US credit rating downgraded yet again.
An independent credit ratings agency has cut the United States’ ratings for a second time, arguing that the country has not been successful in reducing its federal debt.
In a move that could affect the decisions of other ratings agencies, the US Egan-Jones agency downgraded America’s credit rating from AA+ to AA on Thursday.
The agency referred to “the lack of any tangible progress on addressing the problems and the continued rise in debt to GDP,” as being the main reasons behind the downgrade.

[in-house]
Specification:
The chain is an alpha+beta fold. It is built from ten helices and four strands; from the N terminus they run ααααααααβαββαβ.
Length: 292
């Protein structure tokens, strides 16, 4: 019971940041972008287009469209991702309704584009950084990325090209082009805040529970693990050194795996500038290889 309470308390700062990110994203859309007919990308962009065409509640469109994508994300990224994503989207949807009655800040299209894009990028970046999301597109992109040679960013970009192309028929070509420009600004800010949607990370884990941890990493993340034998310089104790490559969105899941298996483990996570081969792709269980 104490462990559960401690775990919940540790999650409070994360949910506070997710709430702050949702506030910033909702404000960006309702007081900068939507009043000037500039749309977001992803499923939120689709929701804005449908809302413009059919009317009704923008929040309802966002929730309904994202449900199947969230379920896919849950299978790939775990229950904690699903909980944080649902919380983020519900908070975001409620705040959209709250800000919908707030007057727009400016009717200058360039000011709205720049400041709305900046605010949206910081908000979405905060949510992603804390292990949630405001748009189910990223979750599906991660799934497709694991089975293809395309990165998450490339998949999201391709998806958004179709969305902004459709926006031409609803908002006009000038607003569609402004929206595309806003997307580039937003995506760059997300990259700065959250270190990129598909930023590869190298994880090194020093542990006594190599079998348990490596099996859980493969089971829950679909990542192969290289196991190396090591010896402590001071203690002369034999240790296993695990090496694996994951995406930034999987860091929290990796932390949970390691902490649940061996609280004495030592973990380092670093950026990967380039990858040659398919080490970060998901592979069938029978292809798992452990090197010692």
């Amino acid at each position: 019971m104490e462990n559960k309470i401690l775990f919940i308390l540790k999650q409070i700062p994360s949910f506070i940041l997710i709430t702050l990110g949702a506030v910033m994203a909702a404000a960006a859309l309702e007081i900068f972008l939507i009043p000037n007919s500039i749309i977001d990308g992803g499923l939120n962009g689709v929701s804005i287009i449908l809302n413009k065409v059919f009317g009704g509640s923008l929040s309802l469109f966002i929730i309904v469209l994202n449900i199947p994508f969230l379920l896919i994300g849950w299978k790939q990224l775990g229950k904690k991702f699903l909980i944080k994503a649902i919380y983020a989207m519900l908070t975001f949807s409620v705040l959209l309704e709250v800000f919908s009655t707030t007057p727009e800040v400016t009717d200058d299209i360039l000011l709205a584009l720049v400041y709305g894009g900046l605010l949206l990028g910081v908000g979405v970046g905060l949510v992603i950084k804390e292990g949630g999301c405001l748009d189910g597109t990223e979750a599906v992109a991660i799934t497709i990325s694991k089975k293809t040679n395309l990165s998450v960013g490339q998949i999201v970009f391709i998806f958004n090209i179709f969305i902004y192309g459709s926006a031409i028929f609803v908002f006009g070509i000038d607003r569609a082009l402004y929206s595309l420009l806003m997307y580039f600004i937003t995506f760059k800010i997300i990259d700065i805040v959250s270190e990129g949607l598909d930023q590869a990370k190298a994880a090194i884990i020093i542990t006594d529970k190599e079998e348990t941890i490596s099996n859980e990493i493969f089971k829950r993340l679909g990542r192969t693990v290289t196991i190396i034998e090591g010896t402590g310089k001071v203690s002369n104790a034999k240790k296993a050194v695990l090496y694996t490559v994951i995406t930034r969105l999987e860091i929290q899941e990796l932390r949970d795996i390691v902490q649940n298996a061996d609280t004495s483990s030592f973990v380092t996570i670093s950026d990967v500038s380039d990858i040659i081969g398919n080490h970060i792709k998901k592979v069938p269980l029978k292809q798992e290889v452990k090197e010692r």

Egan-Jones had downgraded America's top-level AAA credit ratings once before as well, in July -- one month before Standard & Poor's ratings agency did the same.
The reason for the downgrading as cited both then and now was partly due to the continued political gridlock in Washington.
"We'd like to see some progress towards reducing the fiscal deficit in the next six to twelve months," said the agency’s managing director, Sean Egan.
Analysts say for the first time since World War II, the “US debt exceeds 100 percent.” They even forecast a 106 percent rise by the end of the year, which they call an "inflection point".